Steelers rookie Kenny Pickett was sold to the world as an NFL-ready quarterback, and that makes sense. The 24-year-old was a four-year starter at Pitt, he played in 52 collegiate games, and played all of them in a pro-style offense.
Specifically when it comes to the Steelers, Pickett had to make essentially no transition in his life from college to pro, he has played in not only two-pro style offenses, but one of which that has the same underpinnings as the one run by Steelers offensive coordinator Matt Canada.
On the depth chart, there are two experienced quarterbacks ahead of him, but one is new to the team, and neither have had real success in the NFL as a starter. Pickett’s path to playing time is not overwhelmingly difficult.
So when it comes to a college quarterback transitioning into the NFL, Pickett’s should be about as easy at it gets. But what does that look like?
It’s still not all that easy, particularly when it comes to the mental side of the game. Pickett talked about some of the details during a recent appearance on the Perfect Thursday Podcast.
“We had more installs in college in terms of like number of them,” Pickett said. “We had six with the Steelers so far, and just there’s a lot more volume in each I’d say. So, they’re not dragged out as much as college was. You have to learn a lot more in a short amount of time. And I had to catch up obviously to what they already had put in. Rookie minicamp, I think we were through like 1.5. We finished up on Sunday and (next Tuesday) was our first OTAs with the vets and they were on six. It’s good, it’s kind of just (being) thrown in the fire and you got to learn.”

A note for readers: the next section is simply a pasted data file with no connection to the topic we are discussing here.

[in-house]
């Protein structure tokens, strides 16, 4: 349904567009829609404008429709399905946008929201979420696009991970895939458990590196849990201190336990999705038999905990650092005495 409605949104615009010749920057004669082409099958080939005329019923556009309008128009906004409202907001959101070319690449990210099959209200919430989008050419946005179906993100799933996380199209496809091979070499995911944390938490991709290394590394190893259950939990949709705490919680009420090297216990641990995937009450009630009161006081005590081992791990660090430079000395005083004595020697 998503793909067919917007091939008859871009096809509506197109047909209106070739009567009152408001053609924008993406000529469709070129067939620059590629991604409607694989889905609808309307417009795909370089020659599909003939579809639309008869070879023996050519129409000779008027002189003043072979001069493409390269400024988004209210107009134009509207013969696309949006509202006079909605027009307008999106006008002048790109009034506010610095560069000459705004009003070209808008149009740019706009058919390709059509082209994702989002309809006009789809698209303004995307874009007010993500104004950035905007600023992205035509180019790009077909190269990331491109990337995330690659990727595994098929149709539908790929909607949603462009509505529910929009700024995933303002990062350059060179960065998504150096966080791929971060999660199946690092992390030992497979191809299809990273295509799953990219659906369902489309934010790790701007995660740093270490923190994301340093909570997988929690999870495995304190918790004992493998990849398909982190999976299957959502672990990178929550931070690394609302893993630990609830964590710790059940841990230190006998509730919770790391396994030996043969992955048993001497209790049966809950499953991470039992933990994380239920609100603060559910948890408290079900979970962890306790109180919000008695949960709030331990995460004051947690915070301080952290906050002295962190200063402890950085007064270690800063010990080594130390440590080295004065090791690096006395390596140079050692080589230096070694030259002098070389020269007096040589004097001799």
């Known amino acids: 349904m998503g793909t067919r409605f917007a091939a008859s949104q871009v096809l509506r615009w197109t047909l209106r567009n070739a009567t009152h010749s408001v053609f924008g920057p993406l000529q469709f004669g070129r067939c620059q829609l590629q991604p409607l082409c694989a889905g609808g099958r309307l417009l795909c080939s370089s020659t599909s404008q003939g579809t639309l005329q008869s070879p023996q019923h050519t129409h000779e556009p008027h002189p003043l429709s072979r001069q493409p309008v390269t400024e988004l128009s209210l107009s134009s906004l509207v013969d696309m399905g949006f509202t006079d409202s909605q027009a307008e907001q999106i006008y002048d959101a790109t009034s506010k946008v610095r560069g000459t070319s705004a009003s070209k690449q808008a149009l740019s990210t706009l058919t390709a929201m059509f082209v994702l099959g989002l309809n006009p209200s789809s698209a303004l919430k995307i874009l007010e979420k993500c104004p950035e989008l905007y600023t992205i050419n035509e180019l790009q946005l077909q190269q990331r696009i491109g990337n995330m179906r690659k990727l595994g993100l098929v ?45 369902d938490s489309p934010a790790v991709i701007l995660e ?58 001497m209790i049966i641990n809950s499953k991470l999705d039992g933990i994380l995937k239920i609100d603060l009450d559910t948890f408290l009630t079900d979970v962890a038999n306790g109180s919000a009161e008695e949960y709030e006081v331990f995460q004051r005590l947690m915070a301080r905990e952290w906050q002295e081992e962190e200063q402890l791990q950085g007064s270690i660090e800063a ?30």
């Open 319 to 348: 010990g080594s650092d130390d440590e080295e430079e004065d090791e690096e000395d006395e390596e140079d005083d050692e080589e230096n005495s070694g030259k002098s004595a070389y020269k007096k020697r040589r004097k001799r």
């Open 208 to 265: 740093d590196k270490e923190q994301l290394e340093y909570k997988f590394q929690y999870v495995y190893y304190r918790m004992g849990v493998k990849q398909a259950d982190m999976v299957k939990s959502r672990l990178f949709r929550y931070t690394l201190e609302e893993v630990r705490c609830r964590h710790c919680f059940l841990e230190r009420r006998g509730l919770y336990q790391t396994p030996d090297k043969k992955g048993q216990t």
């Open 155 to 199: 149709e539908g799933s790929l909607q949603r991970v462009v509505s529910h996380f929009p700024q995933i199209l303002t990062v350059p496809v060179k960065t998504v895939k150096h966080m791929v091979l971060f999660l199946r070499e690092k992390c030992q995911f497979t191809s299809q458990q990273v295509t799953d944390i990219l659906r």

Even if a player is physically developed, the time frame for how quickly that transition can be made varies from player to player.
Steelers fans will of course, remember that Ben Roethlisberger played from the second game of his rookie season in 2004. But that was because Tommy Maddox and Charlie Batch were both injured. The Steelers didn’t really have much of a choice.
Some others have been thrust into action by a desperate coach or team that had a struggling veteran ahead of them. But with Mitch Trubisky and Mason Rudolph ahead of Pickett, with what looks like it could be the league’s best defense and an improved rushing attack with Najee Harris, it’s hard to envision the Steelers being so bad that Mike Tomlin panics and turns to the rookie before he’s ready. Hell, it’s really hard imagining Tomlin panicking, ever. Period.
If Pickett is going to play, he’s going to be ready. So when have the very most NFL-ready quarterbacks of recent draft classes gotten that call?
Of the 13 first-round picks made to earn their starting role over the last five draft classes, two started the very first possible game (Mac Jones and Sam Darnold) and two more started in Week 2. Nearly half made their first start by Week 3 and all but three (Patrick Mahomes, Trey Lance and Jordan Love) had earned a starting role by the midpoint of their first season.